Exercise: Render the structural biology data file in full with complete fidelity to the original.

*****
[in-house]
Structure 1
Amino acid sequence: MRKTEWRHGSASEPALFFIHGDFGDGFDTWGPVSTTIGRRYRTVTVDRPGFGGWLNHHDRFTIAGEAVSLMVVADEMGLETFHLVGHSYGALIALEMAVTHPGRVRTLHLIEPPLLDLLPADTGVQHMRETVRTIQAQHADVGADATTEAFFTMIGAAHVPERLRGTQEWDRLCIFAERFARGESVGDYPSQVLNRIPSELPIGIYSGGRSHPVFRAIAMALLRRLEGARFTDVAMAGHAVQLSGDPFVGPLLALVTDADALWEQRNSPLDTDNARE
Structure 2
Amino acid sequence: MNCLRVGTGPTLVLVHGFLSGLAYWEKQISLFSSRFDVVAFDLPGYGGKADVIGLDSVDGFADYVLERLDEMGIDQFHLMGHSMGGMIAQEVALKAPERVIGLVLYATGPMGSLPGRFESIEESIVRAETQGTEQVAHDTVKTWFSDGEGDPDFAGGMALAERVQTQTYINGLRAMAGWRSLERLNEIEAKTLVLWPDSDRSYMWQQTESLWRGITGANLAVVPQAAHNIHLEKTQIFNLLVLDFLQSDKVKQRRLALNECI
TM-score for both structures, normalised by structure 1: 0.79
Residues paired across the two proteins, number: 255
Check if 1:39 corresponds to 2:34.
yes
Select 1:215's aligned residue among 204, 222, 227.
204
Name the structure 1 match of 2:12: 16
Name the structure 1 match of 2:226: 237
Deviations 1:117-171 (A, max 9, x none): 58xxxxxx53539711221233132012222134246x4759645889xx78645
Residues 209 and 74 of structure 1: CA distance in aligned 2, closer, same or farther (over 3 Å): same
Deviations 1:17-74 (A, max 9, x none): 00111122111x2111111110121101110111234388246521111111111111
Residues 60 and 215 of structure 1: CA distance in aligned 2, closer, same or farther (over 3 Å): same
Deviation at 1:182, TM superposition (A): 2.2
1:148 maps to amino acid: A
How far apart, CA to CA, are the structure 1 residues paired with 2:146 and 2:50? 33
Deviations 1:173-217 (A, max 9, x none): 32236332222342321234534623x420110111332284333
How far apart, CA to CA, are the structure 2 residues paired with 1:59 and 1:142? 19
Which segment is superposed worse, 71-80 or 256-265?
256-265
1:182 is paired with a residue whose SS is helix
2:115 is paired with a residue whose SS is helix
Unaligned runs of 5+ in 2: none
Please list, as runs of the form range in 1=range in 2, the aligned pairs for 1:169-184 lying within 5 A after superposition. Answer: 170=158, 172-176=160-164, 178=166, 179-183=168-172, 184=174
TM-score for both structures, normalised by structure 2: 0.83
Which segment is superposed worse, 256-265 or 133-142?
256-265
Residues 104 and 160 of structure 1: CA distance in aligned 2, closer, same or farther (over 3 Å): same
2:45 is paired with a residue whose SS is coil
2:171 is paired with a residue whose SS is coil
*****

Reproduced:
[in-house]
Structure 1
Amino acid sequence: MRKTEWRHGSASEPALFFIHGDFGDGFDTWGPVSTTIGRRYRTVTVDRPGFGGWLNHHDRFTIAGEAVSLMVVADEMGLETFHLVGHSYGALIALEMAVTHPGRVRTLHLIEPPLLDLLPADTGVQHMRETVRTIQAQHADVGADATTEAFFTMIGAAHVPERLRGTQEWDRLCIFAERFARGESVGDYPSQVLNRIPSELPIGIYSGGRSHPVFRAIAMALLRRLEGARFTDVAMAGHAVQLSGDPFVGPLLALVTDADALWEQRNSPLDTDNARE
Structure 2
Amino acid sequence: MNCLRVGTGPTLVLVHGFLSGLAYWEKQISLFSSRFDVVAFDLPGYGGKADVIGLDSVDGFADYVLERLDEMGIDQFHLMGHSMGGMIAQEVALKAPERVIGLVLYATGPMGSLPGRFESIEESIVRAETQGTEQVAHDTVKTWFSDGEGDPDFAGGMALAERVQTQTYINGLRAMAGWRSLERLNEIEAKTLVLWPDSDRSYMWQQTESLWRGITGANLAVVPQAAHNIHLEKTQIFNLLVLDFLQSDKVKQRRLALNECI
TM-score for both structures, normalised by structure 1: 0.79
Residues paired across the two proteins, number: 255
Check if 1:39 corresponds to 2:34.
yes
Select 1:215's aligned residue among 204, 222, 227.
204
Name the structure 1 match of 2:12: 16
Name the structure 1 match of 2:226: 237
Deviations 1:117-171 (A, max 9, x none): 58xxxxxx53539711221233132012222134246x4759645889xx78645
Residues 209 and 74 of structure 1: CA distance in aligned 2, closer, same or farther (over 3 Å): same
Deviations 1:17-74 (A, max 9, x none): 00111122111x2111111110121101110111234388246521111111111111
Residues 60 and 215 of structure 1: CA distance in aligned 2, closer, same or farther (over 3 Å): same
Deviation at 1:182, TM superposition (A): 2.2
1:148 maps to amino acid: A
How far apart, CA to CA, are the structure 1 residues paired with 2:146 and 2:50? 33
Deviations 1:173-217 (A, max 9, x none): 32236332222342321234534623x420110111332284333
How far apart, CA to CA, are the structure 2 residues paired with 1:59 and 1:142? 19
Which segment is superposed worse, 71-80 or 256-265?
256-265
1:182 is paired with a residue whose SS is helix
2:115 is paired with a residue whose SS is helix
Unaligned runs of 5+ in 2: none
Please list, as runs of the form range in 1=range in 2, the aligned pairs for 1:169-184 lying within 5 A after superposition. Answer: 170=158, 172-176=160-164, 178=166, 179-183=168-172, 184=174
TM-score for both structures, normalised by structure 2: 0.83
Which segment is superposed worse, 256-265 or 133-142?
256-265
Residues 104 and 160 of structure 1: CA distance in aligned 2, closer, same or farther (over 3 Å): same
2:45 is paired with a residue whose SS is coil
2:171 is paired with a residue whose SS is coil